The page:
COLD MOON

PrintE-mail Written by John Townsend

Adapted from Michael McDowell’s acclaimed novel Cold Moon Over Babylon, Griff Furst’s directorial feature debut Cold Moon is a mixed affair. Part supernatural horror, part psychological thriller, it is a film that would have benefitted from a clearer central vision, and never fully recovers from an over-complicated opening act.

On her way home the teenage Margaret Larkin (Bellamy) is attacked and murdered by a masked assailant. The discovery of her body sends her surviving family members Evelyn (Clark) and Jerry (Rushing) into a desperate mission to identify her murderer before they befall the same fate.

Perhaps what's surprising, given how Cold Moon opens, is its preferential focus on the psychological element of the story. Revealing the identity of the killer early on – which we won’t do here – flips the tale on its head, but this, in turn, becomes the film’s strength; the killer suffering his own personal haunting, as the guilt of his crimes and subsequent battle with remorse threaten to overpower him. In that role, the actor in question impresses, dislikeable from the beginning and barely deserving of empathy, the character’s descent into what he sees as madness is well crafted and entirely convincing. Some slightly suspect CGI aside, the hauntings themselves are well defined, with an appropriate number of jump scares adequately, if predictably included.

It is in the peripheries of the story where Cold Moon falls short. Plot strands are begun without ever truly finding resolution. An early thread regarding an inappropriate parent-teacher relationship is never investigated, despite the film dropping some very strong nudges and winks in that direction. Christopher Lloyd is largely wasted as an eccentric patriarch, holder of the purse strings for the town’s wealthiest family, and with an odd interest in having a young woman cavort for his pleasure. All potentially interesting ideas to follow through, but ones that fade into the background once the film decides upon its preferred premise.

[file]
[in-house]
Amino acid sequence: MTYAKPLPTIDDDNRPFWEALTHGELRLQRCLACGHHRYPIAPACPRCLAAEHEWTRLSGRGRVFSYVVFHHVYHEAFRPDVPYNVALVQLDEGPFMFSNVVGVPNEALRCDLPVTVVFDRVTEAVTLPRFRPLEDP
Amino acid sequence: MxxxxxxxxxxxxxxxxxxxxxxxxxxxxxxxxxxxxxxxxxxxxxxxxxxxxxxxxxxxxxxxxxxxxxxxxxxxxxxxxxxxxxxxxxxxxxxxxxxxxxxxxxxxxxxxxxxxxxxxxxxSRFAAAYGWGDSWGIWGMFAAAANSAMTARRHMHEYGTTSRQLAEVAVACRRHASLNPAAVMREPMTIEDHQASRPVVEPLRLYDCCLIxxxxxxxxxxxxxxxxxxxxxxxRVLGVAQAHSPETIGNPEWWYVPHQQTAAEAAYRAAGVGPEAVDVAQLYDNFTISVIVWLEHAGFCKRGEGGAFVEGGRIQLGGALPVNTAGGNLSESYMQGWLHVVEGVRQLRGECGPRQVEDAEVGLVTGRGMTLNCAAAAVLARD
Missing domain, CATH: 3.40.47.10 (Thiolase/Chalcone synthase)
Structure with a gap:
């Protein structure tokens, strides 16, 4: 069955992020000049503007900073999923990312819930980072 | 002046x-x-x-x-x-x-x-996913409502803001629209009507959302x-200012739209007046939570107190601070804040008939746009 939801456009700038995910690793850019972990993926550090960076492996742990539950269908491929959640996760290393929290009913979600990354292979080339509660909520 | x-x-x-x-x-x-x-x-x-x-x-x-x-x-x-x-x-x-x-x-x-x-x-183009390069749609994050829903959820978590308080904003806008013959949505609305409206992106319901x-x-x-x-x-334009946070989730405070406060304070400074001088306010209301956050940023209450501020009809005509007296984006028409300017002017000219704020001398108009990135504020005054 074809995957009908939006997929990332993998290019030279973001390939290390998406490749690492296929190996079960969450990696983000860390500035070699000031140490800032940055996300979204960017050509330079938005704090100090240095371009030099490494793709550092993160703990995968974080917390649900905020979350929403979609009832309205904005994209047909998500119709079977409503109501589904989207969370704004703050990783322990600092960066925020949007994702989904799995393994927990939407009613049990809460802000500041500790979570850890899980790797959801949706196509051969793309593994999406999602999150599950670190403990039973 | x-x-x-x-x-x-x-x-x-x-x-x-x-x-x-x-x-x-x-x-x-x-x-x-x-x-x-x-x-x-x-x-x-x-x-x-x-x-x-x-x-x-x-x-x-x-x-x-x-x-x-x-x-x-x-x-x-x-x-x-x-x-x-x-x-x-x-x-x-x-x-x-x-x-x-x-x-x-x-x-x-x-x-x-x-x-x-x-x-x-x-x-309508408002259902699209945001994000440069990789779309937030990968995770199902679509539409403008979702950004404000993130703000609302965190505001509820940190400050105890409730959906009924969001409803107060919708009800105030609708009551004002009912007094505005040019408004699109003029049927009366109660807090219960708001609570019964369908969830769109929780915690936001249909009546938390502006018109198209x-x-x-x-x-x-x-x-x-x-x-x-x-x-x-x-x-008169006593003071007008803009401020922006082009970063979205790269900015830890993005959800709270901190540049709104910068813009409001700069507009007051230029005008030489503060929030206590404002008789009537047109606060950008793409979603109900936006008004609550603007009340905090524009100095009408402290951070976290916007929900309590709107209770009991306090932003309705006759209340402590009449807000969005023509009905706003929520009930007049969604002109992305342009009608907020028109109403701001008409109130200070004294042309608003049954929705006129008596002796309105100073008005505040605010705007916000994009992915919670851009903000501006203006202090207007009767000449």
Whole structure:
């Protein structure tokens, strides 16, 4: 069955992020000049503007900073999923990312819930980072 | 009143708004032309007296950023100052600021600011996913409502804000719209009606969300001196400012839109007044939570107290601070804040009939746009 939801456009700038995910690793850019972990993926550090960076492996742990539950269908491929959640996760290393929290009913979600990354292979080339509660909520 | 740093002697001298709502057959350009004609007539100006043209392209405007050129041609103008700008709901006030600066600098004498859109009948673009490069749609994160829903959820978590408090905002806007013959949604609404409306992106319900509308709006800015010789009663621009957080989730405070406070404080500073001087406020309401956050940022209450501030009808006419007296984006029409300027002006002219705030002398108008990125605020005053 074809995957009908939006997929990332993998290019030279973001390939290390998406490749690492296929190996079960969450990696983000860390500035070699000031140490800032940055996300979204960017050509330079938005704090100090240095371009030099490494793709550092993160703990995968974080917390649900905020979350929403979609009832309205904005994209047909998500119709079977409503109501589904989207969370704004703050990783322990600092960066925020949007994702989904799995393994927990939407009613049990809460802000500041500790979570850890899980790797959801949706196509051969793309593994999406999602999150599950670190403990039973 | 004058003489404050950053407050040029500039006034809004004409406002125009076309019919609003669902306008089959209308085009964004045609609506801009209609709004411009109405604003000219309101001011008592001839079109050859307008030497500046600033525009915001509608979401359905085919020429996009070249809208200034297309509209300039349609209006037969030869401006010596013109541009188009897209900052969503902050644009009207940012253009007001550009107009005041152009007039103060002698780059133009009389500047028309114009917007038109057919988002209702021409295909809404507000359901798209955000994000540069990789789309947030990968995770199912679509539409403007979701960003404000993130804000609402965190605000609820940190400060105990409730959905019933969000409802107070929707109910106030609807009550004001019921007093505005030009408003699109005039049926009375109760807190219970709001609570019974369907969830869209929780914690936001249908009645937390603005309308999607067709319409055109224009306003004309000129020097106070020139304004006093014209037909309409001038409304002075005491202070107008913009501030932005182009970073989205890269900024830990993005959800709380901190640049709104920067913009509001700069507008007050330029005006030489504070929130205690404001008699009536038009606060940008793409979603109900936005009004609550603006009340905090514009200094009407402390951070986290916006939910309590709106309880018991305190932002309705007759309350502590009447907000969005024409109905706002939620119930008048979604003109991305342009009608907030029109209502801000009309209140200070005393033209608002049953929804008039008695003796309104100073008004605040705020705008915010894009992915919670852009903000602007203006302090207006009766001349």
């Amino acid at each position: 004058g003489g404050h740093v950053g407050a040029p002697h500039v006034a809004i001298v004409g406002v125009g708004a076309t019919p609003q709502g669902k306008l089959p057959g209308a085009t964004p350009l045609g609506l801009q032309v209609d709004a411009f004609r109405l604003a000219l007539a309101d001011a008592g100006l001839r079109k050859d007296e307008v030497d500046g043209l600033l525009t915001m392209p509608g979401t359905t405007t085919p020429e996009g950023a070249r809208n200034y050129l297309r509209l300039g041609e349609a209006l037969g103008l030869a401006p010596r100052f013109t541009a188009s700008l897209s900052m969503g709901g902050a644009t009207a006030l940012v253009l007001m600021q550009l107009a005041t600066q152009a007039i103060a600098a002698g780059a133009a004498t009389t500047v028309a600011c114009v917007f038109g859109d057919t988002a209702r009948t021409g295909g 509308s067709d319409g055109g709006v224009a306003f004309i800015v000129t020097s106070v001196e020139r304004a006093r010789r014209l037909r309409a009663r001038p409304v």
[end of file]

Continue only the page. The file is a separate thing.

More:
These frustrations aside, Cold Moon is worth watching. Furst has harnessed a Southern Gothic aesthetic and style that gives the film a sense of being a living, breathing town. The performances are good, if a little caricatured in places, and the film skips along at a decent pace. If you avoid trying to work out the rather obvious twists and turns, you can spend a pleasant 90 minutes, but sadly that’s about as long as it will live in the memory.

COLD MOON / CERT: TBC / DIRECTOR: GRIFF FURST / SCREENPLAY: GRIFF FURST, JACK SNYDER / STARRING: TOMMY WISEAU, CHRISTOPHER LLOYD, ROBBIE KAY, JOSH STEWART / RELEASE DATE: TBC


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